Sacral Colpopexy Procedure with synthetic mesh

Overview for prolapse surgery using MESH

The first line of SURGICAL treatment for prolapse repair is to use the patient’s OWN native tissue. However, if the patient’s own tissue is TOO WEAK and/or she develops recurrent prolapse or if the patients prolapse is SEVERE (e.g. Stage IV prolapse), then the next step would be the Sacral Colpopexy procedure.

The second line and GOLD STANDARD treatment for recurrent prolapse is the sacral colpopexy procedure with SYNTHETIC MESH. With recurrent prolapse and weak fascial tissue, the risk of recurrent prolapse is very high. Using the patient’s own tissue again for a second repair would be unsuccessful, so the next step will be to use synthetic mesh as a replacement for the patient’s own weak fascial tissue. My preferred synthetic mesh is a macroporous, monofilament, polypropylene mesh. I prefer the Restorelle mesh or the Upsylon Y shaped mesh. The image below is characteristics of this monofilament, macroporous, synthetic mesh.


TWO main indications for a Sacral Colpopexy procedure?

a. Patient’s own tissue is TOO WEAK and she has a FAILED prior prolapse repair. Now, she has recurrent prolapse. The most common scenario is a patient who has had a prior hysterectomy with a bulge that is protruding outside the vaginal opening.
b. Severe prolapse (e.g. Stage IV prolapse) where the prolapse bulge is protruding 6-8 cm OUTSIDE the opening of the vaginal introitus.


STEPS of the sacral colpopexy procedure

The goal of the procedure is to use additional tissue, specifically synthetic mesh to reinforce the support of the surgical procedure. Typically, I use a Y-shaped monofilament polypropylene synthetic mesh that provides support for all THREE compartments of the vaginal canal, specifically the anterior compartment (e.g. bladder compartment), apical compartment (e.g. top of the vaginal canal), and the posterior compartment (e.g. the rectocele compartment). This Y-shaped mesh is anchored to the anterior ligaments of the sacral promontory area (e.g. tailbone). The analog is that any wall painting needs to be anchored to the WALL STUD for better long-term support.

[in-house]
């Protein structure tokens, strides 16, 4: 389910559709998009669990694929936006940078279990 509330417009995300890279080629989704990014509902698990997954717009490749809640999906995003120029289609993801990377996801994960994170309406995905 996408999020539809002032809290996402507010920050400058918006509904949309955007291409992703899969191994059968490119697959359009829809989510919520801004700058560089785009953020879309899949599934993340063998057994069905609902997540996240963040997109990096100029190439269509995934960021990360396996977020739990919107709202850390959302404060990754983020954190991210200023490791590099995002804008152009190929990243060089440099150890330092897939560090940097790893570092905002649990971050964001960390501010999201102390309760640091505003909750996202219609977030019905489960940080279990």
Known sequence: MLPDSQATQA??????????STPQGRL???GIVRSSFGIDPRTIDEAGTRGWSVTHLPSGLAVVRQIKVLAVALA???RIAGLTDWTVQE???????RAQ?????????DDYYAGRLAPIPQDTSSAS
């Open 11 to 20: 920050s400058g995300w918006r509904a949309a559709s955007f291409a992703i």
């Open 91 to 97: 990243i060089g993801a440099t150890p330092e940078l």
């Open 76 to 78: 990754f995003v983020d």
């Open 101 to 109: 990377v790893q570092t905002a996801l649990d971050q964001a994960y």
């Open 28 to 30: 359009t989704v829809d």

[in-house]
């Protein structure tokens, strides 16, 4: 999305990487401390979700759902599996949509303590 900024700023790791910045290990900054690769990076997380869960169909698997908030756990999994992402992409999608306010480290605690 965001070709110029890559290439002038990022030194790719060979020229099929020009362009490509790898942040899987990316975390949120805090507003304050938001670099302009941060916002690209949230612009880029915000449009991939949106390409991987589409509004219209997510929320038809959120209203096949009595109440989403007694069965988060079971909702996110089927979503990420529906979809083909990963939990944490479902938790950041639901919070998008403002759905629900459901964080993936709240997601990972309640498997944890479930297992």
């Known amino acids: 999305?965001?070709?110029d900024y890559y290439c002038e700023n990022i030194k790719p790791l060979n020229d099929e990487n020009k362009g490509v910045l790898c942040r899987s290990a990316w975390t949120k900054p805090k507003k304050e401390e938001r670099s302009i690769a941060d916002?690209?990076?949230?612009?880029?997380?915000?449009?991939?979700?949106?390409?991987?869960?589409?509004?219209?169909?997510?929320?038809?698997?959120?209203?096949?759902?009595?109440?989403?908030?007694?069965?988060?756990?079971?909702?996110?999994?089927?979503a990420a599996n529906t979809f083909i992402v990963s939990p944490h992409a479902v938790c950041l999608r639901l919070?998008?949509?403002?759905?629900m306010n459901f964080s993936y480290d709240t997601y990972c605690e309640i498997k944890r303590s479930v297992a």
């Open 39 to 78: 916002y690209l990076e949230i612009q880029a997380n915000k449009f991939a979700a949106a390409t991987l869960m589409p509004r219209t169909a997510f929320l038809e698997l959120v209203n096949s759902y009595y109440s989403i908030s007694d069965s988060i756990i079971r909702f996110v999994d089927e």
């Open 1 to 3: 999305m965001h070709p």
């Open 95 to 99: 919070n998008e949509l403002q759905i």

First, you need to dissect the bladder off the anterior vaginal compartment, approximately 6-7 cm in length along the anterior compartment. The same procedure is performed along the posterior vaginal compartment (e.g. rectocele compartment)


Then a dissection is performed along the sacral promontory area to identify the anterior ligament of the sacrum.


After the sacral colpopexy procedure, the mesh is re-peritonealized and completed covered with no mesh showing.


Risks of the sacral colpopexy procedure?

There are many limitations of this sacral colpopexy procedure. When a synthetic mesh / foreign body is uses. There is risks for mesh are:

a. Mesh erosion
b. Mesh infection
c. Mesh pain
d. And other complications, like bleeding, and mesh pulling sensation at the mesh site.

OVERALL, the sacral colpopexy procedure is a procedure of last resort and GOLD STANDARD for recurrent prolapse. We only consider the sacral colpopexy procedure AFTER the patient has FAILED pessary management and FAILED prior prolapse repair using her own tissue.

Post op recovery

The two main limitations during the sacral colpopexy procedure are:

a. No heavy lifting (x < 15 lbs.) for 3 months post-surgery
b. Showers only. No baths, no pools, no intimacy, and no soaking in any water for 2 months post-surgery. Overall, each patient heals at their own rate, so each patient needs to listen to her body, with activity as tolerated.
c. Full recovery and return to normal activities in approximately 6 weeks.